The following article has been submitted by guest contributors Brian Finn and Paul Finn, Nationally Accredited Mediators and Members of JJL Mediators & Conciliators (www.johnjarndyceslist.com)

 

Happily, most commercial arrangements work as intended – and so they should. A few arrangements go badly wrong.  They’re either ripped up or addressed through drawn out litigation. One way or another, they’re costly and often not only in terms of money – attention is diverted to the dispute, rather than to running the business and there is also the inevitable stress of dealing with lawyers and courts.

What can you do when a contractual arrangement isn’t performing as expected? It might well be an arrangement you need to work properly rather than terminate.  Perhaps it’s not a big enough issue to call in the lawyers. Perhaps the other party is a key supplier or customer, or perhaps much bigger, with more financial resources.  None of that means you have to – or should – simply put up with the situation.

Mediation

In mediation, parties put their concerns directly to each other and, with the help of a mediator, try to reach a mutually acceptable resolution of their dispute.  It is a collaborative, well-proven process that is effective, quick and costs far less than going to court.  Even the Federal Court of Australia says, “Mediation offers many benefits over a trial by a judge.”

Mediation is direct, so it can be quick and relatively inexpensive – taking a couple of weeks or less and costing as little as $5,000 for each party. Where the parties reach an agreement, it is because they’re prepared to go forward together.  So, in a sense, there are no losers in mediation.

In contrast, litigation usually results in a loser and a winner. Sometimes there are two losers, if a previously valuable arrangement or relationship is lost.

How Mediation works

Mediation is a structured negotiation process in which an independent mediator helps the parties clarify their differences, identify and assess options and negotiate an agreement to resolve their dispute.

The process is designed to reach an outcome that is acceptable to both parties. It is not intended to determine any rights or wrongs and unlike court proceedings, it does not focus on legal issues and mediators don’t offer legal advice.

The process is entirely voluntary and the parties select the mediator of their choice and agree on the venue and timing for mediation. Costs are usually split equally between the parties.  In many cases the core mediation meeting can be completed in a single day.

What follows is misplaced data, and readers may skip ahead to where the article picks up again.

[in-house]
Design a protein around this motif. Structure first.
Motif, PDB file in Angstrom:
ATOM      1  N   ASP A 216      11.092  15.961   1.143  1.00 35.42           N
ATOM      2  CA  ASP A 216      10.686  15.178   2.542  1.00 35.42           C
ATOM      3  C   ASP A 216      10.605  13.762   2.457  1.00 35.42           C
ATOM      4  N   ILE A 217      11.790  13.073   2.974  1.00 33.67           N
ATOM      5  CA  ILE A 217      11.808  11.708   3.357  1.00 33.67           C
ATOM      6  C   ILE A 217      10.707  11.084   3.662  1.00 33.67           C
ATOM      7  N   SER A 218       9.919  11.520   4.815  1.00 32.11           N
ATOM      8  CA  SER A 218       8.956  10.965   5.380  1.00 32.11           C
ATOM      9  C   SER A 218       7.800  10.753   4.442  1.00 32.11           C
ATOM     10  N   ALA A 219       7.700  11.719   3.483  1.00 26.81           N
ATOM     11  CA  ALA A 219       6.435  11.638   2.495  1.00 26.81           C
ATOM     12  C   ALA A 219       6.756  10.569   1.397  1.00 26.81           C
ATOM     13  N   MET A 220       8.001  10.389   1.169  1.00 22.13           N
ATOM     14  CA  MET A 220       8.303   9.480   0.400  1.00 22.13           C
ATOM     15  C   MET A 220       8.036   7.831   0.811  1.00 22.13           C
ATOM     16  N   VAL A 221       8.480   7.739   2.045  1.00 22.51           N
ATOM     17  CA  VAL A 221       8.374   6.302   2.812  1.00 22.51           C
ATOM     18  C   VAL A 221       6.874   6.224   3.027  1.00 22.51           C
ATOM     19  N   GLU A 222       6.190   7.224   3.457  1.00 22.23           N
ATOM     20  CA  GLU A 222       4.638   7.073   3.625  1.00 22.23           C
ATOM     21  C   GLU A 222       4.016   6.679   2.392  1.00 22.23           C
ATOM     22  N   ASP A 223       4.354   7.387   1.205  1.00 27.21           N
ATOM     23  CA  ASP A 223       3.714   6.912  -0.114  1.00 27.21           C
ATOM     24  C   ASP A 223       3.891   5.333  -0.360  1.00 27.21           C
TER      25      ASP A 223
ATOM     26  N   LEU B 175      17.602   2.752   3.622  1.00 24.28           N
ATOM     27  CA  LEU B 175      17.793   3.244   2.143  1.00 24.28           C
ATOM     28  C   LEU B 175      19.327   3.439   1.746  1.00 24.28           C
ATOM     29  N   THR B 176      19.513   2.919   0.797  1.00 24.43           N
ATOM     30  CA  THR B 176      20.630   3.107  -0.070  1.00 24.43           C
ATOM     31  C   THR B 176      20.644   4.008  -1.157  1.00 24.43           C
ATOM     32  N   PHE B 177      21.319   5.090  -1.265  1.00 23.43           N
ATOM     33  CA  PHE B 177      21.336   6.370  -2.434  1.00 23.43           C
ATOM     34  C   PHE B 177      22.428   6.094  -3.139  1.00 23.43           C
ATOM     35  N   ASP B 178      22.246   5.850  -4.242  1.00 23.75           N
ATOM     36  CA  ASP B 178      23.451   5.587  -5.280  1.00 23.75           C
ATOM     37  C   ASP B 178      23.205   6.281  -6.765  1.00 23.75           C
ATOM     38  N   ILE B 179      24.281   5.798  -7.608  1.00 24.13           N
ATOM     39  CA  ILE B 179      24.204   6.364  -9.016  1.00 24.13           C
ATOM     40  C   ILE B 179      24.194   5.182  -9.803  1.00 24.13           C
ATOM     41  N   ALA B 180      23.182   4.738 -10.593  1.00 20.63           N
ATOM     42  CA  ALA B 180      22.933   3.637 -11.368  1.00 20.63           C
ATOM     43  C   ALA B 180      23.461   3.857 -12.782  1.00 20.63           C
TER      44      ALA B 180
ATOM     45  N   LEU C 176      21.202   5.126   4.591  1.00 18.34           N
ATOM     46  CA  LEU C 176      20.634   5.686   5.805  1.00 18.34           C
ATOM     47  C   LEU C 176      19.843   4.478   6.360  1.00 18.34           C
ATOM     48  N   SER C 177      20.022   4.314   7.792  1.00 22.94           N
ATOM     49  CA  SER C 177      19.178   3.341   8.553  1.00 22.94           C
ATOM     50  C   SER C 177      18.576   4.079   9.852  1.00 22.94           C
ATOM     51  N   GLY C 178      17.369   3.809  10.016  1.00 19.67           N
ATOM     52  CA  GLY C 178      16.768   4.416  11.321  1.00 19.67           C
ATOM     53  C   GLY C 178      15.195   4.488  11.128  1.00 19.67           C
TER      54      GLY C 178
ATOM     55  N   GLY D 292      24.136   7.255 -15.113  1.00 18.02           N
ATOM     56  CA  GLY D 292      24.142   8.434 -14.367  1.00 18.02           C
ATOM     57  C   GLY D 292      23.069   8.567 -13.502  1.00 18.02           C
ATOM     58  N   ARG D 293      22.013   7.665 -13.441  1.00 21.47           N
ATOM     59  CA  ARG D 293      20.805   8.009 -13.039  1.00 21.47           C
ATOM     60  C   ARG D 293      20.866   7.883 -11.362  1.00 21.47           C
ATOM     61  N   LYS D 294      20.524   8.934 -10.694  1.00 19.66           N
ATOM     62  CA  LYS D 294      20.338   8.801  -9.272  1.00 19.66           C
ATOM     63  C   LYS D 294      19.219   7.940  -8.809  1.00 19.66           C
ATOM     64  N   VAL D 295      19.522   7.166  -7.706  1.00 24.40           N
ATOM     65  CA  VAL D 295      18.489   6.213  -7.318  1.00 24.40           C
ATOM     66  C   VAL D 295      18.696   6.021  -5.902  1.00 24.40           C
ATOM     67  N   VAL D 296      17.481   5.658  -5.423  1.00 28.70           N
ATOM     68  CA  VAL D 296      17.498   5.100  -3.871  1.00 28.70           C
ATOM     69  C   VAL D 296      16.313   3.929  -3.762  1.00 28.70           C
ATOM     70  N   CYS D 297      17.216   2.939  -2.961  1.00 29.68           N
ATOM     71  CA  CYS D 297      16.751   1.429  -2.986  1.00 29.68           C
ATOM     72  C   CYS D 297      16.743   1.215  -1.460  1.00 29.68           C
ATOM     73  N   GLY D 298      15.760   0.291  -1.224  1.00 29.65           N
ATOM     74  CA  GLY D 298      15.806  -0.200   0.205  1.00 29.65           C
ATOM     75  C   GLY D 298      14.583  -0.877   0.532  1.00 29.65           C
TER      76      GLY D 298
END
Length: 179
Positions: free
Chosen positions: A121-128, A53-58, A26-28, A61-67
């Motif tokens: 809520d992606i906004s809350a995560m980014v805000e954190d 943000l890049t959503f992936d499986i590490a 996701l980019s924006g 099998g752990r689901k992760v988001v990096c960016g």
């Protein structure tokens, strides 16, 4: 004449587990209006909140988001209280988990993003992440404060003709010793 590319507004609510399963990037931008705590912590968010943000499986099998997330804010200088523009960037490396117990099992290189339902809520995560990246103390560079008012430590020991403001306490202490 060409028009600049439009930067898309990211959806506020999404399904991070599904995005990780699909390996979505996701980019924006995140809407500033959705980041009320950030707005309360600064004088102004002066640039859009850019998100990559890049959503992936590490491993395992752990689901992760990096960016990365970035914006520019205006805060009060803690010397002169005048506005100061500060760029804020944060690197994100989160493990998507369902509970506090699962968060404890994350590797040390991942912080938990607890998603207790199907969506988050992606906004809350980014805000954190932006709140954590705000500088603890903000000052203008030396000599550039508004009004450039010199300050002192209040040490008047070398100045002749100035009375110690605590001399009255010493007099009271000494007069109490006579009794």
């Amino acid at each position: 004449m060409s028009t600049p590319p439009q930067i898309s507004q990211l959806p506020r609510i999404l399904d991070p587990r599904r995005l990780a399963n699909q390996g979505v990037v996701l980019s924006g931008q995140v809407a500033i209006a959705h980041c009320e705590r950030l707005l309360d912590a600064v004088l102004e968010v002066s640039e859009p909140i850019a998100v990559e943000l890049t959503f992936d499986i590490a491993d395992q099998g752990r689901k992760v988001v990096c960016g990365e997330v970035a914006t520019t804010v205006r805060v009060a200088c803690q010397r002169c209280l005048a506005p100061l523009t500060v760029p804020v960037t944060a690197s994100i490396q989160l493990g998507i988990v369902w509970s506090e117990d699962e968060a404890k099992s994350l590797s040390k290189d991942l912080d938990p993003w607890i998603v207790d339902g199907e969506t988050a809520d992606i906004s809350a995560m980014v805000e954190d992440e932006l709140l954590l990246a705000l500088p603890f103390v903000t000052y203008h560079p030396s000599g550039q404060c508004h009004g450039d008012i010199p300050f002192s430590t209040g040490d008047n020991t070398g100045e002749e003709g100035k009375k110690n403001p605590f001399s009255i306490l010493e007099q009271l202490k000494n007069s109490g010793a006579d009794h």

The mediator will arrange an initial confidential discussion with each party. Following this, the mediator will arrange a joint meeting with the parties, with the understanding that those attending are familiar with the facts of the dispute and – importantly – have the authority to make a binding decision on any agreement reached.

The mediation begins with the mediator explaining the process before each party sets out the background of the matter and the issues they feel need to be discussed and resolved. In the most matters, the mediator’s role may be limited to ensuring the process is followed. Where the parties agree that more input might be useful, they can choose to use a process known as conciliation. This involves an expanded role for the mediator, who may then assist negotiations by asking questions, encouraging open discussion, offering different perspectives, expressing issues in alternative ways and suggesting potential solutions.

Agreements reached are documented and signed by the parties and the parties may opt to make the agreements legally binding.

What Mediation Costs

As a rough guide: $5,000-$7,500 split equally between the parties to cover the mediator’s preparation including a private introductory meeting with each party, plus a full day of mediation. Add to that any material out-of-pocket expenses and, of course, GST. Like many professional services, terms of the mediation including the mediator’s charges can be negotiated.

Next Steps

It might be a surprise to learn there are national principles for resolving disputes. They’re published by the Attorney General’s Department in “Your Guide to Dispute Resolution” which can be found on the Attorney General’s website at www.ag.gov.au. The Principles set out a straightforward, common sense approach. For example, self-responsibility is the first step; early resolution is good resolution; use Alternative Dispute Resolution (ADR) then the courts.

You can also find the current list of nationally accredited mediators through the Mediator Standards Board at www.msb.org.au/mediators.